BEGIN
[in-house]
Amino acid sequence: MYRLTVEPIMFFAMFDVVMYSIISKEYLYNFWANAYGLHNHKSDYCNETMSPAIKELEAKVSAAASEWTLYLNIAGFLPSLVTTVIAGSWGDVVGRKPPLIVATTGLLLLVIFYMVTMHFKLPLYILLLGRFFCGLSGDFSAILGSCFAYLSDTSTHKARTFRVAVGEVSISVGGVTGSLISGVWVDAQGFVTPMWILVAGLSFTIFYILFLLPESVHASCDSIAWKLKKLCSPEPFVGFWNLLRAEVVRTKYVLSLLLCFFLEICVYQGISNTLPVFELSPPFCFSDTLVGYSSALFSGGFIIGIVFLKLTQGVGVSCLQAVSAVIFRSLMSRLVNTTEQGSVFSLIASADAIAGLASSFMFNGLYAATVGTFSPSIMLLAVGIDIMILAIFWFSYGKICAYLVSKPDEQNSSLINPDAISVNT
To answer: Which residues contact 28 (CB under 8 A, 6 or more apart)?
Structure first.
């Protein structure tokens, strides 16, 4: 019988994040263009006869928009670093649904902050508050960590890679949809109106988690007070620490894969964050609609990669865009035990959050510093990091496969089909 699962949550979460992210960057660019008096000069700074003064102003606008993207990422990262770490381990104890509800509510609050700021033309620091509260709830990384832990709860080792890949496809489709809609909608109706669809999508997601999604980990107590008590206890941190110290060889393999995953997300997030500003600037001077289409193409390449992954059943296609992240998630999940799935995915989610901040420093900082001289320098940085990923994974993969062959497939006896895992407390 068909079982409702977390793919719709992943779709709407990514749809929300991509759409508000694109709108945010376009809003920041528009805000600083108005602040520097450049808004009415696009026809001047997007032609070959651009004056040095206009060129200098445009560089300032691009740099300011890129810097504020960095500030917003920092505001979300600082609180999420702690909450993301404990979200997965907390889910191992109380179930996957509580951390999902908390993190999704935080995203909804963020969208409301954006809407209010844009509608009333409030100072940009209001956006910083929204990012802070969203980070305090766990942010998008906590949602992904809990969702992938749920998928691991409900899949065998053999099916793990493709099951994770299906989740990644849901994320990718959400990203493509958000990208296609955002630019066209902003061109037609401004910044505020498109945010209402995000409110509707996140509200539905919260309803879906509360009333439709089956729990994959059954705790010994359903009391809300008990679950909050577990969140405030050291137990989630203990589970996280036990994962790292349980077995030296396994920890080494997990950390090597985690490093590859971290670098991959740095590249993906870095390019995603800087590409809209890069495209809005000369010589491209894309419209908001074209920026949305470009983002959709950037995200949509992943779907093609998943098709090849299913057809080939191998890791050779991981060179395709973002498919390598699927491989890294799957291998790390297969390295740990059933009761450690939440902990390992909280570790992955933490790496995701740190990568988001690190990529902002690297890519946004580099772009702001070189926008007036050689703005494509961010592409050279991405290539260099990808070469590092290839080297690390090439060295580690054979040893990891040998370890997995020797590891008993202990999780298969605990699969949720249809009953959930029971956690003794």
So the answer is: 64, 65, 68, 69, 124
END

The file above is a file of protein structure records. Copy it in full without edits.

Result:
[in-house]
Amino acid sequence: MYRLTVEPIMFFAMFDVVMYSIISKEYLYNFWANAYGLHNHKSDYCNETMSPAIKELEAKVSAAASEWTLYLNIAGFLPSLVTTVIAGSWGDVVGRKPPLIVATTGLLLLVIFYMVTMHFKLPLYILLLGRFFCGLSGDFSAILGSCFAYLSDTSTHKARTFRVAVGEVSISVGGVTGSLISGVWVDAQGFVTPMWILVAGLSFTIFYILFLLPESVHASCDSIAWKLKKLCSPEPFVGFWNLLRAEVVRTKYVLSLLLCFFLEICVYQGISNTLPVFELSPPFCFSDTLVGYSSALFSGGFIIGIVFLKLTQGVGVSCLQAVSAVIFRSLMSRLVNTTEQGSVFSLIASADAIAGLASSFMFNGLYAATVGTFSPSIMLLAVGIDIMILAIFWFSYGKICAYLVSKPDEQNSSLINPDAISVNT
To answer: Which residues contact 28 (CB under 8 A, 6 or more apart)?
Structure first.
């Protein structure tokens, strides 16, 4: 019988994040263009006869928009670093649904902050508050960590890679949809109106988690007070620490894969964050609609990669865009035990959050510093990091496969089909 699962949550979460992210960057660019008096000069700074003064102003606008993207990422990262770490381990104890509800509510609050700021033309620091509260709830990384832990709860080792890949496809489709809609909608109706669809999508997601999604980990107590008590206890941190110290060889393999995953997300997030500003600037001077289409193409390449992954059943296609992240998630999940799935995915989610901040420093900082001289320098940085990923994974993969062959497939006896895992407390 068909079982409702977390793919719709992943779709709407990514749809929300991509759409508000694109709108945010376009809003920041528009805000600083108005602040520097450049808004009415696009026809001047997007032609070959651009004056040095206009060129200098445009560089300032691009740099300011890129810097504020960095500030917003920092505001979300600082609180999420702690909450993301404990979200997965907390889910191992109380179930996957509580951390999902908390993190999704935080995203909804963020969208409301954006809407209010844009509608009333409030100072940009209001956006910083929204990012802070969203980070305090766990942010998008906590949602992904809990969702992938749920998928691991409900899949065998053999099916793990493709099951994770299906989740990644849901994320990718959400990203493509958000990208296609955002630019066209902003061109037609401004910044505020498109945010209402995000409110509707996140509200539905919260309803879906509360009333439709089956729990994959059954705790010994359903009391809300008990679950909050577990969140405030050291137990989630203990589970996280036990994962790292349980077995030296396994920890080494997990950390090597985690490093590859971290670098991959740095590249993906870095390019995603800087590409809209890069495209809005000369010589491209894309419209908001074209920026949305470009983002959709950037995200949509992943779907093609998943098709090849299913057809080939191998890791050779991981060179395709973002498919390598699927491989890294799957291998790390297969390295740990059933009761450690939440902990390992909280570790992955933490790496995701740190990568988001690190990529902002690297890519946004580099772009702001070189926008007036050689703005494509961010592409050279991405290539260099990808070469590092290839080297690390090439060295580690054979040893990891040998370890997995020797590891008993202990999780298969605990699969949720249809009953959930029971956690003794």
So the answer is: 64, 65, 68, 69, 124